Whats in my camera bag?
Hey guys, Carson here. I want to preface this by saying Zowie is usually the writer while I take all the photos, but we’re switching things up a little since this is all about what’s in my camera bag! You’ll be getting the inside scoop about all my travel photography gear and accessories, straight from the horse’s mouth.
I started solo backpacking in 2017 with nothing but an iPhone 7 and a GoPro 4, which means there’s nothing stopping you from doing the same on your travels. But if you’re looking to make travelling a career, which is exactly what I did, then you’ll need to invest in some quality camera gear. Aside from everything you’ll need for photography, I’ve also included what I use for vlogging since I do a bit of both. Hopefully you’ll find whats in my camera bag helpful and inspiring for your own adventures!
Regardless of the equipment you end up with, the first thing you’ll need is a sturdy, reliable camera bag to keep everything safe. I opted for the Lowepro ProTactic BP 450 AW II, having recently upgraded from the slightly smaller 350 model. It’s capable of fitting all of my camera gear (except my gimbal) so it’s great for everyday photography and video adventures.
Depending on what equipment you have, you can organise how you like since the separators can be easily adjusted to fit. External zips give you easy access to the different compartments, so you can quickly grab your camera out without having to open up the main zip. Plus, it’s made out of seriously sturdy material that handles life on the road and even includes a built-in rain cover for an added layer of protection.
I use my Pelican Air 1535 Case to carry all my underwater camera gear. I needed something lightweight for my travels but also something very durable to keep my gear safe, and the Pelican Air 1535 has been perfect for me!
I have loved my case so much that I am planning on getting another one for the rest of my travel photography gear. I definitely recommend getting the TrekPak Dividers as it will make your life so much easier with all the added organization.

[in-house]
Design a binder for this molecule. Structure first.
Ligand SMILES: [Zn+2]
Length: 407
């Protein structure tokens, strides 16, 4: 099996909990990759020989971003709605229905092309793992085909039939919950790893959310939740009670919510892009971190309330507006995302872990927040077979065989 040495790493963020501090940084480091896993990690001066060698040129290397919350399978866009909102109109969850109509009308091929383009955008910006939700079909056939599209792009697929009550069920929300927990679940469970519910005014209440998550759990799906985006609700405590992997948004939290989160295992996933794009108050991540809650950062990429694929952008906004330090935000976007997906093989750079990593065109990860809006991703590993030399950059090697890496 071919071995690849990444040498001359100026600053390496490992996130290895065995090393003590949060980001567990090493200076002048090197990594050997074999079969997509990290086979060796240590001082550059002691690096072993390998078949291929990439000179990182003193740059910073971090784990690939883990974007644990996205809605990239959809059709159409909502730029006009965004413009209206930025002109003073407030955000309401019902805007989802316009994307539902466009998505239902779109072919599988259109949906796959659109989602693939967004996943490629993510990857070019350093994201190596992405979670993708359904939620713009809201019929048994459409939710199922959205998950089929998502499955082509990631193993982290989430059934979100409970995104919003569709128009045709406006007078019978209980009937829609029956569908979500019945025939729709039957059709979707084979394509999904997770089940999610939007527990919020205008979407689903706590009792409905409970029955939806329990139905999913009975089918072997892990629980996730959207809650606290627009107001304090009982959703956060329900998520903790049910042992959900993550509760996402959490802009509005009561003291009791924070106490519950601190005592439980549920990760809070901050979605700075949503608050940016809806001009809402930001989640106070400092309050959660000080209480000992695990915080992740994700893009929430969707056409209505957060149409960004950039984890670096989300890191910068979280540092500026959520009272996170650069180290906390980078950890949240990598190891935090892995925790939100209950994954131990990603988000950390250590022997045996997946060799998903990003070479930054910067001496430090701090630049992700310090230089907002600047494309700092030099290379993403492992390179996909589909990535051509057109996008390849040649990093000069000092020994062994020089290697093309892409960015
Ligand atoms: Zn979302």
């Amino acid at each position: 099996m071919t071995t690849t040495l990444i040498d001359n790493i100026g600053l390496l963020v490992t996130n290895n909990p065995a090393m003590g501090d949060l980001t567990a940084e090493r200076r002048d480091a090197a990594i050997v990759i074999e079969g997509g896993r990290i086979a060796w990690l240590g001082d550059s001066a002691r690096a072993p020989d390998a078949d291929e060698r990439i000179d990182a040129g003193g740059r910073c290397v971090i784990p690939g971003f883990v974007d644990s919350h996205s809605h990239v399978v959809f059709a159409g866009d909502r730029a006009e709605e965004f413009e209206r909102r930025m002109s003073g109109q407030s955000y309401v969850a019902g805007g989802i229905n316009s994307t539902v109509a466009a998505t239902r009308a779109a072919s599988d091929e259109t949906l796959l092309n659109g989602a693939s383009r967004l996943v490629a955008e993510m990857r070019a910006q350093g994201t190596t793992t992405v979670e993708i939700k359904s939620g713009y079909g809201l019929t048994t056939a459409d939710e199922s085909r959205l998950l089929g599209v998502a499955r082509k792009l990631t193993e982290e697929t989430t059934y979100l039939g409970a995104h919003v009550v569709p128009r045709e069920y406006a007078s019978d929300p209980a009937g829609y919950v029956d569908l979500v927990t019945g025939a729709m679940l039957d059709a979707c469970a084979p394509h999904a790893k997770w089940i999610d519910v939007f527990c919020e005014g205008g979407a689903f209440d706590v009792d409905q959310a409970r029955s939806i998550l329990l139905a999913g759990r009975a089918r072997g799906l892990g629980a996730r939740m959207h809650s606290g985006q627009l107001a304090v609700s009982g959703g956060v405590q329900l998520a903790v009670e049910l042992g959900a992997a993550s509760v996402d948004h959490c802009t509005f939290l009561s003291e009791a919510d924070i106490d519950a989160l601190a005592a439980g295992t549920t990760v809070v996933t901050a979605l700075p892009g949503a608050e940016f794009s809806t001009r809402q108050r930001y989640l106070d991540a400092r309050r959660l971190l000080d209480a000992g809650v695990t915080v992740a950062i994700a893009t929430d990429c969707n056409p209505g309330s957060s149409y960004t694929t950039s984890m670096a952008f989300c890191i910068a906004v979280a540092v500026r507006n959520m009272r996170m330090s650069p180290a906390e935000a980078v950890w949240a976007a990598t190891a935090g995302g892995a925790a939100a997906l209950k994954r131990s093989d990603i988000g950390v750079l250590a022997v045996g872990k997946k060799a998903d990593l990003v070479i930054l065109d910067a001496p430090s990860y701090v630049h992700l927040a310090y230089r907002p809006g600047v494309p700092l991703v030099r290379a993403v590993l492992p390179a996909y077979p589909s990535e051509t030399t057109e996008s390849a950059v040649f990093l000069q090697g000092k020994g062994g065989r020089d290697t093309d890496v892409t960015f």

As a full-time travel Vlogger and photographer, the Sony a7iv is the perfect hybrid camera for my needs. I have recently switched from a Sony a7iii to Sony a7iv in early 2022. Below are a few reasons for my upgrade and why I’m completely satisfied with my decision.
- There is a new dial that allows me to switch between photo and video really quickly. You can customise your settings differently for photo and video which is super nice not having to change your settings manually every time you switch between the two modes.
- The new rear screen flips out which helps me frame my video a lot better whilst vlogging or shooting a sit-down video. The flip-out screen is also very helpful when shooting vertically.
- 33 Megapixels is the perfect sweet spot allowing me to crop in on my photo and keep the quality without giving me insanely large files like the a7riv would do.
The Sony a7iii was my first full-frame camera and what helped me transition from being a hobbyist to shooting professionally. If you are new to photography/videography and need a reliable camera, I highly recommend the Sony a7iii.
Now that I have upgraded to the a7iv, my a7iii lives in my Aquatech Underwater Housing. I only use this camera now when I shoot underwater or if I need a second camera for any reason.
If you’re only going to vlog or make simple videos, I would recommend the Canon G7 X Mark III. It is extremely light, shoots 4k and you can attach an external microphone to it.